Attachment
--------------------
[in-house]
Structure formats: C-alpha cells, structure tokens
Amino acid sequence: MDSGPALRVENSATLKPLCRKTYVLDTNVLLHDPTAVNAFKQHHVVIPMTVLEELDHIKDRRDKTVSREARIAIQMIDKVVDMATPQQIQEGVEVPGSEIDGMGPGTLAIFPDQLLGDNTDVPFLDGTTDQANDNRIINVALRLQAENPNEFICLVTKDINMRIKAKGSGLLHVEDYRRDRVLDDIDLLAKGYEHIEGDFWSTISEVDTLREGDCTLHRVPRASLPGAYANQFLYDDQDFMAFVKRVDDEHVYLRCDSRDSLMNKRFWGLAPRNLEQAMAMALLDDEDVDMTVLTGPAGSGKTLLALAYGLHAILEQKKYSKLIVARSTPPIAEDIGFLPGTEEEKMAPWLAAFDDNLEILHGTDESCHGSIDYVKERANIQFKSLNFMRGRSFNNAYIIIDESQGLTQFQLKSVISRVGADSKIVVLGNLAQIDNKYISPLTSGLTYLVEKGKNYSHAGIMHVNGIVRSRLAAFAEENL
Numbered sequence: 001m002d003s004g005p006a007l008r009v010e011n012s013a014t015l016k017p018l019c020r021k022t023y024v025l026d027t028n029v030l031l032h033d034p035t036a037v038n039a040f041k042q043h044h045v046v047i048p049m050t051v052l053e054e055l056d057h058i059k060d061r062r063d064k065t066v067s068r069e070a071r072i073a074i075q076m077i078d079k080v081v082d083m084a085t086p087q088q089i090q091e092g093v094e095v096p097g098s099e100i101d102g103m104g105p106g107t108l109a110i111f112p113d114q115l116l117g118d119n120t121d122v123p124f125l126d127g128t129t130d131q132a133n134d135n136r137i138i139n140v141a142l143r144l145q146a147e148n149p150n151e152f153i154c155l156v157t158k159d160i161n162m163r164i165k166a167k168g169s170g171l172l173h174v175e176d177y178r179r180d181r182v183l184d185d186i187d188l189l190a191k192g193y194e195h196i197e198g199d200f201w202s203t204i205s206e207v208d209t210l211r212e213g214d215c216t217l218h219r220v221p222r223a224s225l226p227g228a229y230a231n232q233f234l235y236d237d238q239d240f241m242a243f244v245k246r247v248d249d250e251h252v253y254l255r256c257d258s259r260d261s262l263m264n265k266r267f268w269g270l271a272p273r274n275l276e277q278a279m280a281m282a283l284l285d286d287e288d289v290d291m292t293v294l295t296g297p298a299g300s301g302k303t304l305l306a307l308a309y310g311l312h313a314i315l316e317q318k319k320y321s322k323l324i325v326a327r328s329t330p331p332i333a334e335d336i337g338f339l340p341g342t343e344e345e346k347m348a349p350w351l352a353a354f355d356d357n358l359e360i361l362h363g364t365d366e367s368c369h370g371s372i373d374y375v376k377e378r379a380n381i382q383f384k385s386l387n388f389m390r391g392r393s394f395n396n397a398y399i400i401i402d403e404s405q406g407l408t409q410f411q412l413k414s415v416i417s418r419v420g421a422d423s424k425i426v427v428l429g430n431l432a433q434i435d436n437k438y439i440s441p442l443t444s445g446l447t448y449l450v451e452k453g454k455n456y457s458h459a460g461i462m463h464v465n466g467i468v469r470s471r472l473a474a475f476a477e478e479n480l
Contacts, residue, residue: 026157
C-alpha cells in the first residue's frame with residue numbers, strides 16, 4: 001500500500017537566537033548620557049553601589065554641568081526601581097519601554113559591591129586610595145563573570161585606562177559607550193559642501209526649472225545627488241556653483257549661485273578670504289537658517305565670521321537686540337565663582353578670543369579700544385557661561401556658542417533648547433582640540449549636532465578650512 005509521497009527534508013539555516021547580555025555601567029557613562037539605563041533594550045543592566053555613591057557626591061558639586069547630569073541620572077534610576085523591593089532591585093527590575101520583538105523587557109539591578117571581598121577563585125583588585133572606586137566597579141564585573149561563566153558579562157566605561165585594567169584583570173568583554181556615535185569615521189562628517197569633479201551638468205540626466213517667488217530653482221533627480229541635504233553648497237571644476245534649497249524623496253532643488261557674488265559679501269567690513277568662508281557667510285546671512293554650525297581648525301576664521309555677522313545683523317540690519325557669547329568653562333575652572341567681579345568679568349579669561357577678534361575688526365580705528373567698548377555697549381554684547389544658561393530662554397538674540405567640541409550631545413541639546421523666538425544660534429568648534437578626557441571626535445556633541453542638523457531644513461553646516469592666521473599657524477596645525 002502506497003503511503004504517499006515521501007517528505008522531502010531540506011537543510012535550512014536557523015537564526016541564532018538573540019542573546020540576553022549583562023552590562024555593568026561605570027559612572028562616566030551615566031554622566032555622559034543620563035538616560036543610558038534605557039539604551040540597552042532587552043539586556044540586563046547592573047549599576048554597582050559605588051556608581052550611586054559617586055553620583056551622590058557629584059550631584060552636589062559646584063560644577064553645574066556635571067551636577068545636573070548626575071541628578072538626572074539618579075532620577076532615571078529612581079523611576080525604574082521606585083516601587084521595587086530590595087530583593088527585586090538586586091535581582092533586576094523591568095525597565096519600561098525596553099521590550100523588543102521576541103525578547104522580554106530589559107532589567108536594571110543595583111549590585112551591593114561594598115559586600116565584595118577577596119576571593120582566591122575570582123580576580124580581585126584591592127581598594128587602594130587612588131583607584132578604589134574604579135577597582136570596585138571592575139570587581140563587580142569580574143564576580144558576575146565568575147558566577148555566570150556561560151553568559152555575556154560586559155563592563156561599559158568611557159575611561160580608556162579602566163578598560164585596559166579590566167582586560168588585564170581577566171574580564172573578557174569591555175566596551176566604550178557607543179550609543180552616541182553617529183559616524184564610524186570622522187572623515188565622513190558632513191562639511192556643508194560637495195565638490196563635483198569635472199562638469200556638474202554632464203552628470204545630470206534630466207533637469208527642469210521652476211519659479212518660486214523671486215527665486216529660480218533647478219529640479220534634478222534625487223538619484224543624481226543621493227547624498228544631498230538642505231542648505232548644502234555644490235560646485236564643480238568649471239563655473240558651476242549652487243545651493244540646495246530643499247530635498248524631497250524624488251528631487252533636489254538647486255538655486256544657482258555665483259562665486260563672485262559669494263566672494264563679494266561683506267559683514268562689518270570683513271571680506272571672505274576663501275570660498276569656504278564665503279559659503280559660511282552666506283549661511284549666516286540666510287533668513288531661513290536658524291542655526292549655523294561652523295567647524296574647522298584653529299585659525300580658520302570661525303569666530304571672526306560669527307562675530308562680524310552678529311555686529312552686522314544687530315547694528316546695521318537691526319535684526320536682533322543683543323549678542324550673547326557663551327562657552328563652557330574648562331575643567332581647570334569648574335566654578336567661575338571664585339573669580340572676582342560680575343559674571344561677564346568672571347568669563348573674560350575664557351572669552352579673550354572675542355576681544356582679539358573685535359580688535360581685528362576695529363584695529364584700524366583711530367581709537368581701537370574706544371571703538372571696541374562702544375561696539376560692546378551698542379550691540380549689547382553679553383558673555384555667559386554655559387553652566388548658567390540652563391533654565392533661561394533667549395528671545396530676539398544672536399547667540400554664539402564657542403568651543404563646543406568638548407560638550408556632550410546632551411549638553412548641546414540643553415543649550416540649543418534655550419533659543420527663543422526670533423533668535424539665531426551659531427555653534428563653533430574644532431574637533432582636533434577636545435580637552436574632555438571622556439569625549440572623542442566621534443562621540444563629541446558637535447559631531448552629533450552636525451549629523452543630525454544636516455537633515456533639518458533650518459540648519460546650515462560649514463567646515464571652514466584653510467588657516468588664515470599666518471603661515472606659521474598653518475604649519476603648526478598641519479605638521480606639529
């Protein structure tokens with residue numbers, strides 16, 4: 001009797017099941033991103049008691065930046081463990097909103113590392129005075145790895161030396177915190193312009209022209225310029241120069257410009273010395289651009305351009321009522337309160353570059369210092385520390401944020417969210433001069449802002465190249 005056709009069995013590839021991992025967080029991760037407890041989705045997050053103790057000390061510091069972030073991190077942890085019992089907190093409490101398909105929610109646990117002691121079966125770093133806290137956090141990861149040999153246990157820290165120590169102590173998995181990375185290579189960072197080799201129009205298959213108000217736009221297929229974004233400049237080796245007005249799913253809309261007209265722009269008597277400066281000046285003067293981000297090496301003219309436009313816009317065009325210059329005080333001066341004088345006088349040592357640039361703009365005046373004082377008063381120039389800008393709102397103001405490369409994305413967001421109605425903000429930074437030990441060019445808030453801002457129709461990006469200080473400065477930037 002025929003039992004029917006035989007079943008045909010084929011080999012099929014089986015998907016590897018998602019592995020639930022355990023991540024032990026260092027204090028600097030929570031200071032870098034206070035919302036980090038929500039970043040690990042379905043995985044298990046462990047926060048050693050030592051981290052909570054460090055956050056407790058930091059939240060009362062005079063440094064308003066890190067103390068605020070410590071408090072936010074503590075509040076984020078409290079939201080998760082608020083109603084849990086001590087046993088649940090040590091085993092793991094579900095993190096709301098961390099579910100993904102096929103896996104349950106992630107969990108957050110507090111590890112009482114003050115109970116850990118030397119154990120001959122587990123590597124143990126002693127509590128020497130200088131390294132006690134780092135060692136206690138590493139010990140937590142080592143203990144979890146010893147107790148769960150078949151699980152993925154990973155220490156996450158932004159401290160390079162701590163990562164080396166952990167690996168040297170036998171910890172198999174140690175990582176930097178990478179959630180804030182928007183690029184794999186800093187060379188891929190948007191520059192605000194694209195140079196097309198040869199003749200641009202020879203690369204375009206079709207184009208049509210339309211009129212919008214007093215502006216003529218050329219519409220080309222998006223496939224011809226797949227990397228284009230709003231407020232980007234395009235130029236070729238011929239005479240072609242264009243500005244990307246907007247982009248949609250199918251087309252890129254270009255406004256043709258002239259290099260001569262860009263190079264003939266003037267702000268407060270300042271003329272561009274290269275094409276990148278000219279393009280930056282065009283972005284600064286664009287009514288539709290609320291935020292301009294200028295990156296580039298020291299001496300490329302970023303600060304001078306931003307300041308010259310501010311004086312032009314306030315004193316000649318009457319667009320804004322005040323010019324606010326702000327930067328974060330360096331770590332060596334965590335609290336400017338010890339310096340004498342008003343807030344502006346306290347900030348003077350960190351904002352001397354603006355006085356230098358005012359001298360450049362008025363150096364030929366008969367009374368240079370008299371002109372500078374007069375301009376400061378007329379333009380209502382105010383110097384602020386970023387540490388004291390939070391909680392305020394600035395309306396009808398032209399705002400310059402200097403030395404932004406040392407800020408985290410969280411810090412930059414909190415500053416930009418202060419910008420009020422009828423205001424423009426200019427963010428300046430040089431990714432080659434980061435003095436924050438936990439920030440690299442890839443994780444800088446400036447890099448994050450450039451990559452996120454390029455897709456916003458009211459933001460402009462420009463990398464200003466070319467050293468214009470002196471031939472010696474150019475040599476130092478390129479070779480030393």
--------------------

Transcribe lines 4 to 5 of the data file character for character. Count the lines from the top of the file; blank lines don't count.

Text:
Numbered sequence: 001m002d003s004g005p006a007l008r009v010e011n012s013a014t015l016k017p018l019c020r021k022t023y024v025l026d027t028n029v030l031l032h033d034p035t036a037v038n039a040f041k042q043h044h045v046v047i048p049m050t051v052l053e054e055l056d057h058i059k060d061r062r063d064k065t066v067s068r069e070a071r072i073a074i075q076m077i078d079k080v081v082d083m084a085t086p087q088q089i090q091e092g093v094e095v096p097g098s099e100i101d102g103m104g105p106g107t108l109a110i111f112p113d114q115l116l117g118d119n120t121d122v123p124f125l126d127g128t129t130d131q132a133n134d135n136r137i138i139n140v141a142l143r144l145q146a147e148n149p150n151e152f153i154c155l156v157t158k159d160i161n162m163r164i165k166a167k168g169s170g171l172l173h174v175e176d177y178r179r180d181r182v183l184d185d186i187d188l189l190a191k192g193y194e195h196i197e198g199d200f201w202s203t204i205s206e207v208d209t210l211r212e213g214d215c216t217l218h219r220v221p222r223a224s225l226p227g228a229y230a231n232q233f234l235y236d237d238q239d240f241m242a243f244v245k246r247v248d249d250e251h252v253y254l255r256c257d258s259r260d261s262l263m264n265k266r267f268w269g270l271a272p273r274n275l276e277q278a279m280a281m282a283l284l285d286d287e288d289v290d291m292t293v294l295t296g297p298a299g300s301g302k303t304l305l306a307l308a309y310g311l312h313a314i315l316e317q318k319k320y321s322k323l324i325v326a327r328s329t330p331p332i333a334e335d336i337g338f339l340p341g342t343e344e345e346k347m348a349p350w351l352a353a354f355d356d357n358l359e360i361l362h363g364t365d366e367s368c369h370g371s372i373d374y375v376k377e378r379a380n381i382q383f384k385s386l387n388f389m390r391g392r393s394f395n396n397a398y399i400i401i402d403e404s405q406g407l408t409q410f411q412l413k414s415v416i417s418r419v420g421a422d423s424k425i426v427v428l429g430n431l432a433q434i435d436n437k438y439i440s441p442l443t444s445g446l447t448y449l450v451e452k453g454k455n456y457s458h459a460g461i462m463h464v465n466g467i468v469r470s471r472l473a474a475f476a477e478e479n480l
Contacts, residue, residue: 026157